How many Christians are there in Burkina Faso?
There are 5.2 million Christians from a population of 20.3 million, which means about a quarter of the country are Christian.
Why are Christians persecuted in Burkina Faso?
Levels of anti-Christian violence in Burkina Faso are rapidly increasing. Several Islamist attacks in 2019 left many dead. Christians are particularly vulnerable in the north and in the capital, Ouagadougou, and those who have converted from Islam are most in danger. The militant Islamic group Ansar ul Islam, formed in 2016, has tried to impose its laws in the north of the country.
What’s life like for Christians in Burkina Faso?
Tragically, more than 50 Christians were murdered in 2019. This is a shocking change from previous years, and the outburst of killings has led to an environment of fear. Many Christians are too scared to attend church services or send their children to school.
Naomi was preparing dinner for her husband Eli and their nine children when Eli went to visit a friend. Their town was peaceful, and there were good relations between the Christian and Muslim communities. But she knew things had changed when she heard protracted gunfire. Eli was killed.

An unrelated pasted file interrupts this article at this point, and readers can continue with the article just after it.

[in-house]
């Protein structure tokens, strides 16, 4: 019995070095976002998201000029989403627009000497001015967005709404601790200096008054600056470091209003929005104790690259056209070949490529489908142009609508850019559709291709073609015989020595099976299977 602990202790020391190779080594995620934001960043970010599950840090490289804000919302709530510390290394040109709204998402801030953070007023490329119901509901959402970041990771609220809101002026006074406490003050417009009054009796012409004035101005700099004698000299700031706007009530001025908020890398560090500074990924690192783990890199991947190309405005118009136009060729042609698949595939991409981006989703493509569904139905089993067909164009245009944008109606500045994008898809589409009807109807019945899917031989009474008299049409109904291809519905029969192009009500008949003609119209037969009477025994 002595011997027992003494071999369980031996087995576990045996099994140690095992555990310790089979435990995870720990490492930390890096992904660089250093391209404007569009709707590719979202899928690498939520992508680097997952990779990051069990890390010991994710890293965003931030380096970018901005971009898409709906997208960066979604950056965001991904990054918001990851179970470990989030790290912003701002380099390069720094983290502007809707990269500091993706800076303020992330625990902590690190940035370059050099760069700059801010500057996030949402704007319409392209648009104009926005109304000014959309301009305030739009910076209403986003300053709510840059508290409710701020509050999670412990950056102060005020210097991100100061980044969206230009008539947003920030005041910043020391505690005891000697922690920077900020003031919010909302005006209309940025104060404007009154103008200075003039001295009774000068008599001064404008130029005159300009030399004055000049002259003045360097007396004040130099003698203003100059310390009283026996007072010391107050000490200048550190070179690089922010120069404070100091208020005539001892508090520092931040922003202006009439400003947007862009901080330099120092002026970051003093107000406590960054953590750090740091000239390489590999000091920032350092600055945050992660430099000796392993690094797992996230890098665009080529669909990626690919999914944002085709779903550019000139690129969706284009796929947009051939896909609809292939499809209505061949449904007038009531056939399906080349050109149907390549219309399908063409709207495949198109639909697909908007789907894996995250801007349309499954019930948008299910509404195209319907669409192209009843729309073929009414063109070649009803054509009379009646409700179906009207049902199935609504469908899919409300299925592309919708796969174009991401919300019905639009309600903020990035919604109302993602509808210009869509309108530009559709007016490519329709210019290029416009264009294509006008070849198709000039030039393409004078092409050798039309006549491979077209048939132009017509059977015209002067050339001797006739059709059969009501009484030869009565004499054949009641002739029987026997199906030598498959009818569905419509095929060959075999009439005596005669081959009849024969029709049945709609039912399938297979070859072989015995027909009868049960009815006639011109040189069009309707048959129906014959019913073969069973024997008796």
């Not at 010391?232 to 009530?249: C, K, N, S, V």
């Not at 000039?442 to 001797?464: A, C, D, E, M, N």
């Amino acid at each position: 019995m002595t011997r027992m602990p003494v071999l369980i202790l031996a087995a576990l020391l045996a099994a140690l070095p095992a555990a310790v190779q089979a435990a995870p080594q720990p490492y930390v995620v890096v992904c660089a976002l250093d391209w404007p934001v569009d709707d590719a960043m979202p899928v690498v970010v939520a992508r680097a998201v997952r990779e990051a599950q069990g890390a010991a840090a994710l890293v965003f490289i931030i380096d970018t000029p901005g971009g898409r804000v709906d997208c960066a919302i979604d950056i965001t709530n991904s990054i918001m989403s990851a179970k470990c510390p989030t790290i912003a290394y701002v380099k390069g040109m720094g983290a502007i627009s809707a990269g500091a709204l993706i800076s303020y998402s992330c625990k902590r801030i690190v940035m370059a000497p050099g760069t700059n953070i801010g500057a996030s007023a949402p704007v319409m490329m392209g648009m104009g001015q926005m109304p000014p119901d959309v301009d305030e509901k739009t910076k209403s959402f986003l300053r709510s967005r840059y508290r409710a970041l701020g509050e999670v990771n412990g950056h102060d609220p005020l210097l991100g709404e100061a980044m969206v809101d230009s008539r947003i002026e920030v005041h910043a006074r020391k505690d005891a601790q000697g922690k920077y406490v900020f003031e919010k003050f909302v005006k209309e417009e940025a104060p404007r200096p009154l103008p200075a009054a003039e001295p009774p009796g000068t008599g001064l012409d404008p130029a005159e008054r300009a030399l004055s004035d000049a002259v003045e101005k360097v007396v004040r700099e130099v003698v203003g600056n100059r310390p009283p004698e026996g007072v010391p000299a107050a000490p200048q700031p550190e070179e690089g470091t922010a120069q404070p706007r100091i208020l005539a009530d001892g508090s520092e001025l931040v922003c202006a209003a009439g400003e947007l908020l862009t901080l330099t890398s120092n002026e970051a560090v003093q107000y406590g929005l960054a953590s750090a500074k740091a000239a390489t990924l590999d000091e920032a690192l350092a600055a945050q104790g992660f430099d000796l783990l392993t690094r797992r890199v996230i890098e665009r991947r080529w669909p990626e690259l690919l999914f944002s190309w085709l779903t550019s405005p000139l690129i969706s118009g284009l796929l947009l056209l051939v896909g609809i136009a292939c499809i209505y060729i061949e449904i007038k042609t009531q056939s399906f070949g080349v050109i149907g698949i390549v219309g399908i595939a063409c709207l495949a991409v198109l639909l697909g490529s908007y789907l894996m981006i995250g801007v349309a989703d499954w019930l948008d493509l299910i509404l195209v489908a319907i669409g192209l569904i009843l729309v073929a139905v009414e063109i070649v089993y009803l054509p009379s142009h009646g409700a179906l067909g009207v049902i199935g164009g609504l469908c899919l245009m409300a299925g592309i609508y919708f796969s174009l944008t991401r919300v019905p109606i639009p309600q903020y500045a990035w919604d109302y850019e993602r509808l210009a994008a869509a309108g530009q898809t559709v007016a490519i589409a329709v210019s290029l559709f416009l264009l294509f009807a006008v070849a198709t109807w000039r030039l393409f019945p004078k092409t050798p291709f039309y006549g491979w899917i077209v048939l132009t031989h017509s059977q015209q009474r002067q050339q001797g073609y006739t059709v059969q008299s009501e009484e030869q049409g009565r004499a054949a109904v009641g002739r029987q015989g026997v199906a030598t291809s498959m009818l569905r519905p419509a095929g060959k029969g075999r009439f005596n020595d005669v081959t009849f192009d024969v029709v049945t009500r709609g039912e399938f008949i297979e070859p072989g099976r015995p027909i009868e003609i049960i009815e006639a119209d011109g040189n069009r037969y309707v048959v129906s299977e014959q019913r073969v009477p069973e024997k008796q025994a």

How can I help Christians in Burkina Faso?
Please keep praying for your brothers and sisters in Burkina Faso. Your gifts and prayers make an enormous difference to those following Jesus no matter the cost.
- Every £20 could provide a widow with a loan to buy seeds so that she can start farming and become self-sufficient
Open Doors’ local partners have helped Naomi’s family and hundreds of other families in need of urgent aid, as well as providing trauma care, leadership and discipleship training and persecution survival training.
Is it getting harder to be a Christian in Burkina Faso?
Yes. Burkina Faso has seen the greatest escalation in Christian persecution in the world. Although the country had experienced several Islamist attacks in recent years, it wasn’t on the World Watch List a year ago, and has now overtaken more than 30 countries. The primary change has been in the level of violence, which is now considered extreme.
“Today, God’s promises have been fulfilled. He promised to never leave us or forsake us. I received my package of maize, beans and rice and was told it was just for my family!”Naomi, Burkina Faso
Father, we pray for our Christian brothers and sisters as they come to terms with the rapid rise in violence and hatred in their nation. May they find their security in You, and a source of compassion, prayer and practical aid in their worldwide church family. May your Holy Spirit enable them to meet violence with peace and hatred with love.